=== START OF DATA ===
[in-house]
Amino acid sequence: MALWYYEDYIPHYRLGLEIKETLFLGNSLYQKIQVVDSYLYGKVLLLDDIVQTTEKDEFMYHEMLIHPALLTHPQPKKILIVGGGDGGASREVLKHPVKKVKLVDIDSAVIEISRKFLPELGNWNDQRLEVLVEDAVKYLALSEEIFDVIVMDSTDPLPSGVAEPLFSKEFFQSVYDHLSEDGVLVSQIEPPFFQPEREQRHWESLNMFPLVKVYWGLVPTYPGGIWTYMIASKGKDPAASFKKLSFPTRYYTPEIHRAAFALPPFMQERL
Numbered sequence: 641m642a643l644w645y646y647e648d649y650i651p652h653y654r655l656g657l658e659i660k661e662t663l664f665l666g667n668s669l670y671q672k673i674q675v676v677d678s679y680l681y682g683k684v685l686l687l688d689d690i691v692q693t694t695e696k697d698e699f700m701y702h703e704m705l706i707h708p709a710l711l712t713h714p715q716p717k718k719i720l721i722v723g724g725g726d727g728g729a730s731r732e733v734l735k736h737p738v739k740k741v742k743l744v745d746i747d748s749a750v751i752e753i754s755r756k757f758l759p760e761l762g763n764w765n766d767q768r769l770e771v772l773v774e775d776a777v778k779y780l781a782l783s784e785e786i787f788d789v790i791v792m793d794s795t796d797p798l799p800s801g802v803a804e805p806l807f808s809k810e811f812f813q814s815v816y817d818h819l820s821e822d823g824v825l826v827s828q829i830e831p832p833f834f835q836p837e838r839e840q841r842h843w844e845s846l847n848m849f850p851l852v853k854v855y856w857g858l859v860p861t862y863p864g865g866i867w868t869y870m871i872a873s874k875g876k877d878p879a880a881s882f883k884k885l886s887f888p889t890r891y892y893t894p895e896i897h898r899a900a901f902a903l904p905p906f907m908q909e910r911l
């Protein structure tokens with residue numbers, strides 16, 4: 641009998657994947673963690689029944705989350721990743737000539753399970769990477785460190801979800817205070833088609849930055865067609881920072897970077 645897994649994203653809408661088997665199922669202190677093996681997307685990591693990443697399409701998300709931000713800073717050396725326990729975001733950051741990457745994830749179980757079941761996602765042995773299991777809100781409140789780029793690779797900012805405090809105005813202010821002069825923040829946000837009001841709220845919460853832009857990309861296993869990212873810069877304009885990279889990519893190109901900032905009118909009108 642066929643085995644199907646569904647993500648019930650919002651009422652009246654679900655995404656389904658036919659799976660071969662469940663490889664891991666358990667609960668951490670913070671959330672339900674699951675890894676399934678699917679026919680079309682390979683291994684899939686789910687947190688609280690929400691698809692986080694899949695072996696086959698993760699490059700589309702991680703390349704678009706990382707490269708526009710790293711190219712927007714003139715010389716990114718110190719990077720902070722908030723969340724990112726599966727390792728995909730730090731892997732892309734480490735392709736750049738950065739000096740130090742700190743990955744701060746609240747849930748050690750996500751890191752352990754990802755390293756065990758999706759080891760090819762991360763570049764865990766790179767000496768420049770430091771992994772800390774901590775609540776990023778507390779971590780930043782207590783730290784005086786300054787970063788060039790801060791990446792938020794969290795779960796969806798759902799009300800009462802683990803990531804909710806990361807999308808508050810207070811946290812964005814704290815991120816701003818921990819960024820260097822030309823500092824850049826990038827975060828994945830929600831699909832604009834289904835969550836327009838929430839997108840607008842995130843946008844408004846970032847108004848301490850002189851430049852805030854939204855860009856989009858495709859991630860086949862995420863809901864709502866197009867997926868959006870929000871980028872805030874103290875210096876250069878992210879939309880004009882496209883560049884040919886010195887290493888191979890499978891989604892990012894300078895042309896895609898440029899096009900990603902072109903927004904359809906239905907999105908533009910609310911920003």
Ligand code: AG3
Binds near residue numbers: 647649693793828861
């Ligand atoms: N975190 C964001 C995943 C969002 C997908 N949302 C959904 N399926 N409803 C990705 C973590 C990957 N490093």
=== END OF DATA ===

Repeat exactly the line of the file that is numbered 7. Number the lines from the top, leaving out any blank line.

């Ligand atoms: N975190 C964001 C995943 C969002 C997908 N949302 C959904 N399926 N409803 C990705 C973590 C990957 N490093």